I am trying to understand a proof that if is fundamental in probability, then there exists a subsequence and a random variable such that the subsequence converges with probability 1 to .
The proof begins with the construction, by indices, of a subsequence where and is the smallest index such that where . This implies that .
The next line goes: Hence, with probability 1.
**Can someone explain that step to me please?**
The proof goes on to use that last line to construct a set N of things for which the sum is infinite and then defines the limit r.v. to be 0 when things are in N, and when things are not in N.
I could also use a little explanation in understanding why this r.v. was so defined, because the subsequence constructed in the proof is supposed to converge with probability one to this random variable but I don't understand whats going on well enough to see it.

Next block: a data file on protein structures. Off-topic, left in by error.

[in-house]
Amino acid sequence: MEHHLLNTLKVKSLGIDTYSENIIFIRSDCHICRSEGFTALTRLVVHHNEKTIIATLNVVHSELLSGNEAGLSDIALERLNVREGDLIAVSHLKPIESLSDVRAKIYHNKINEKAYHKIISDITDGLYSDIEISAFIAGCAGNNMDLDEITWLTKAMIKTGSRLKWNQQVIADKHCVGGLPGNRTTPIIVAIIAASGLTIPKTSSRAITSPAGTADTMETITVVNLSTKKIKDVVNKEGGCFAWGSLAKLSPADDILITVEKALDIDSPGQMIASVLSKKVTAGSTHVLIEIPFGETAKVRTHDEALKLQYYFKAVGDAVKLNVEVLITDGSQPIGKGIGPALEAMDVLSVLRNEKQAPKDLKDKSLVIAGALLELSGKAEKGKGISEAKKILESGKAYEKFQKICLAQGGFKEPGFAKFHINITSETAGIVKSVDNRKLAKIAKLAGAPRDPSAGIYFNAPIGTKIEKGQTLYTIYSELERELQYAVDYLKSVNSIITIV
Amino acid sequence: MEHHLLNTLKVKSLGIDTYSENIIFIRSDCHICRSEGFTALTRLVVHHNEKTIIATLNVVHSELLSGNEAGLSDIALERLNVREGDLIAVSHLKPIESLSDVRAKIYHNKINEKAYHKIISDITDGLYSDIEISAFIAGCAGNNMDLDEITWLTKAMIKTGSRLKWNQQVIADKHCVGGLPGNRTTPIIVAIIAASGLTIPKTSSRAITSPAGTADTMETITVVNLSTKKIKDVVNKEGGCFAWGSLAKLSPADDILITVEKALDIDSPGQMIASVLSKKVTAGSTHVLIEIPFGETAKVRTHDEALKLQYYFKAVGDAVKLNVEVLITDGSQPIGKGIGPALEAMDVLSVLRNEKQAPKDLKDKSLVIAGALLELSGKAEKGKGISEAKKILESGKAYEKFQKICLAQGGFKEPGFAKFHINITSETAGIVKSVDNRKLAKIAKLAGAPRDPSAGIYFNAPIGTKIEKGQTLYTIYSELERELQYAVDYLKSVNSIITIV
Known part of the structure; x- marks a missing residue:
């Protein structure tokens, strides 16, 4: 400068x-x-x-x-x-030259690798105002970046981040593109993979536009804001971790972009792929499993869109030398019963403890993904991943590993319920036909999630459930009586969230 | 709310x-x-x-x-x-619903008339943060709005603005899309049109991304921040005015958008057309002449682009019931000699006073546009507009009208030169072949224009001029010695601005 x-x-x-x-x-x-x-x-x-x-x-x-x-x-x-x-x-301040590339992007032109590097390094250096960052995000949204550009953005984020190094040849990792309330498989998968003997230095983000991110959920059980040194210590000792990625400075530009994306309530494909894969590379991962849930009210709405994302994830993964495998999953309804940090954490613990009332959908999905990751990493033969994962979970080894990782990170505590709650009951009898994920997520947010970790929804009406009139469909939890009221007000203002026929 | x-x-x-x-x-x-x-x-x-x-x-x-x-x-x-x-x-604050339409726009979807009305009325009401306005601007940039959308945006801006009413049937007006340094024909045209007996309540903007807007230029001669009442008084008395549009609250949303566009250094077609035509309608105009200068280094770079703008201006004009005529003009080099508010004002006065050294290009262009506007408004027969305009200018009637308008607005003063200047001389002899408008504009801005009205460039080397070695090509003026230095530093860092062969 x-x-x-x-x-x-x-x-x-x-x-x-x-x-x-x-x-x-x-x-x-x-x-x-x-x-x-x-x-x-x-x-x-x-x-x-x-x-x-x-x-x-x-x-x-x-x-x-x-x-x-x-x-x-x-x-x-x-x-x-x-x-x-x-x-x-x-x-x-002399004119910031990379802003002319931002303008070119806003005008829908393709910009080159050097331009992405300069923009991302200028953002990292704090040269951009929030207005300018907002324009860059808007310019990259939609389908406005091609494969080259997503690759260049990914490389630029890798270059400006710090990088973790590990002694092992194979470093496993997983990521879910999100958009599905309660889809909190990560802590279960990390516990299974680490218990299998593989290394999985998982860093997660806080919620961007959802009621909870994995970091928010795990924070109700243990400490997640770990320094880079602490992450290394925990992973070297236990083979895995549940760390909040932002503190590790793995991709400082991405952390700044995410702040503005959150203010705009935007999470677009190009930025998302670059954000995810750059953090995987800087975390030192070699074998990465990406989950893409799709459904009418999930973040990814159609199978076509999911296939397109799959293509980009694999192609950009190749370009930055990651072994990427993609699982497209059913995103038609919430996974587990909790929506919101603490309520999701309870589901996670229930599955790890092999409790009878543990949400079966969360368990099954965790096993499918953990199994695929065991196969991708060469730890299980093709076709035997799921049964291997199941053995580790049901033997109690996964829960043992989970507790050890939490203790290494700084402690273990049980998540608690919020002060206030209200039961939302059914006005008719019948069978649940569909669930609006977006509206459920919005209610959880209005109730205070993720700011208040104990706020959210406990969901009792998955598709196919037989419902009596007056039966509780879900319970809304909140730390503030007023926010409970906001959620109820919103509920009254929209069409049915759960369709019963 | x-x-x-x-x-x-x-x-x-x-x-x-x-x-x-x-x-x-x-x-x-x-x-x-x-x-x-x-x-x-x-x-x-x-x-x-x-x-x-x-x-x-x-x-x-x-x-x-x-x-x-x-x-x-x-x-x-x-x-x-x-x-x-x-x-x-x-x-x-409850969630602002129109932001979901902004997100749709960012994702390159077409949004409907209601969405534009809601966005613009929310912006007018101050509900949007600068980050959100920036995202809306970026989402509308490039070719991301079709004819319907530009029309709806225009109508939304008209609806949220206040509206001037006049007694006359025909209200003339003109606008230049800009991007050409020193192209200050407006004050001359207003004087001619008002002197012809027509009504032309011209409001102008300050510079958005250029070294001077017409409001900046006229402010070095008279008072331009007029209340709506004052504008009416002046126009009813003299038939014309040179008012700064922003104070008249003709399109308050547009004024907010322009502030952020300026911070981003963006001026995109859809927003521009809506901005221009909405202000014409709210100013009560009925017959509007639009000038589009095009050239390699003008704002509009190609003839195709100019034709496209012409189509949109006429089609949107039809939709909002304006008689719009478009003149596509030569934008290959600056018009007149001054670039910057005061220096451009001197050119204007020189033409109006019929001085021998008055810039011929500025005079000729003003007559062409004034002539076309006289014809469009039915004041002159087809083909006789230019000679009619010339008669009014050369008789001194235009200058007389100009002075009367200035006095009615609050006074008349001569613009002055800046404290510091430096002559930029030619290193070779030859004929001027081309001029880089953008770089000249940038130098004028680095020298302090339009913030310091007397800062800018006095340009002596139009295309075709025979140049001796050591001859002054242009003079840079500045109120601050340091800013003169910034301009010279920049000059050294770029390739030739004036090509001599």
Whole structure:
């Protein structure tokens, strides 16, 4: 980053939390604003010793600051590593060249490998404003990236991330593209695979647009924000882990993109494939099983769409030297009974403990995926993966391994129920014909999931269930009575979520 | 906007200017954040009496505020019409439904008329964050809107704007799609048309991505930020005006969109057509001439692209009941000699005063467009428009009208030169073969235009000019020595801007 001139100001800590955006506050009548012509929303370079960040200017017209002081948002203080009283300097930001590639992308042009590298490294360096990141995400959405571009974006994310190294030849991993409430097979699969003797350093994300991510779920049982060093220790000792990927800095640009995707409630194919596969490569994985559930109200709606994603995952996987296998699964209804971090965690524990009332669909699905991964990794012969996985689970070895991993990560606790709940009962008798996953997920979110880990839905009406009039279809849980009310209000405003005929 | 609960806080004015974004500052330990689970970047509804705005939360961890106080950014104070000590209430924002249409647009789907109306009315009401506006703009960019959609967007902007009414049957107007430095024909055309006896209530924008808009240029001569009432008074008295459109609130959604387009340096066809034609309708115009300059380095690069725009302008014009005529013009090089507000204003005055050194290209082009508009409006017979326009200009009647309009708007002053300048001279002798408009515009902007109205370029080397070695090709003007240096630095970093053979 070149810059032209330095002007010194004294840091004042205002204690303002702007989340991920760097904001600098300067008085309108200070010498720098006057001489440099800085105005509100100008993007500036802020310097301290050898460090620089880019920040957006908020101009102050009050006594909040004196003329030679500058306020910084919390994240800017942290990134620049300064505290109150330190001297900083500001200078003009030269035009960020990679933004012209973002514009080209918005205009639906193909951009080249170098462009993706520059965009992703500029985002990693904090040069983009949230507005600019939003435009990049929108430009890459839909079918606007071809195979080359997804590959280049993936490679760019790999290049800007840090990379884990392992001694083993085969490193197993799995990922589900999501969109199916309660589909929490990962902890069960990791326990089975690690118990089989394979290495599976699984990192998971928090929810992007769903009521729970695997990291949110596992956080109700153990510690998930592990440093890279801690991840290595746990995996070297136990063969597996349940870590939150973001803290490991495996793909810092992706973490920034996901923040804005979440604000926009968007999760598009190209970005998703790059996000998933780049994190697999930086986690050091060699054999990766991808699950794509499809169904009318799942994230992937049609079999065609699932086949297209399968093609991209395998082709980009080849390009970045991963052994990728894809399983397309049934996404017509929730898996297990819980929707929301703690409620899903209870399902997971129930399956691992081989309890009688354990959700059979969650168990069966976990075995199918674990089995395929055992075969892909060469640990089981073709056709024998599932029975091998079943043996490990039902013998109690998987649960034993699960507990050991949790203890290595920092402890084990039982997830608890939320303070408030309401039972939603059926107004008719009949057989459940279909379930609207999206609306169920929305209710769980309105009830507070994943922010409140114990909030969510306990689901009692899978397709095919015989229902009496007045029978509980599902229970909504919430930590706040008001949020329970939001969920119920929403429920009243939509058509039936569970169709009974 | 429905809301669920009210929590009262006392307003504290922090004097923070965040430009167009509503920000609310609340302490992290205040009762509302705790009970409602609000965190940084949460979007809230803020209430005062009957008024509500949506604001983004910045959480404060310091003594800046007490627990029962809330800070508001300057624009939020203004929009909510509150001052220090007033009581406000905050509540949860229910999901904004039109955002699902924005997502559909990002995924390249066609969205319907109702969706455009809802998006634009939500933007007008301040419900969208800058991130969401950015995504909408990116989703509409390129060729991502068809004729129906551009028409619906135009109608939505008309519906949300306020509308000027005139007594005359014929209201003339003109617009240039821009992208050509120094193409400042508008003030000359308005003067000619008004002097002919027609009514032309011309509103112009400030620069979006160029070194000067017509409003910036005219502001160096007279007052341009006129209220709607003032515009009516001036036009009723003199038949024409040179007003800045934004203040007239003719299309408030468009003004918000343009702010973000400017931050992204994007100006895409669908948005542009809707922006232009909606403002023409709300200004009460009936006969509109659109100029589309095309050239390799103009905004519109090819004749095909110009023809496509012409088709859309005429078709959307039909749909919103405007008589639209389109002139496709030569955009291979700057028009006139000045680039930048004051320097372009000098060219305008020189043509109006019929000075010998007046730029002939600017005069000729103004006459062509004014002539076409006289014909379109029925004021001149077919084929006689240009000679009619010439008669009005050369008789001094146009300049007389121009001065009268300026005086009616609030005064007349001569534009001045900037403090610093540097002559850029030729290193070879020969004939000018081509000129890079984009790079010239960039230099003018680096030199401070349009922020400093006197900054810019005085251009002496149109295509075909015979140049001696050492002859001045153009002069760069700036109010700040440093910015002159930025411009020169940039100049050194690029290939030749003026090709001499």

**Also, I've been looking at course notes from the past couple of weeks I've missed due to illness and I see a statement (without proof, though I think I can come up with one) that convergence with probability 1 to X is equivalent to the sequence being fundamental in probability. Wouldn't this trivially supercede the above proof? I mean, assuming the sequence is fundamental in probability, then this statement says that the entire sequence, which is trivially a subsequence of itself, converges with probability 1?**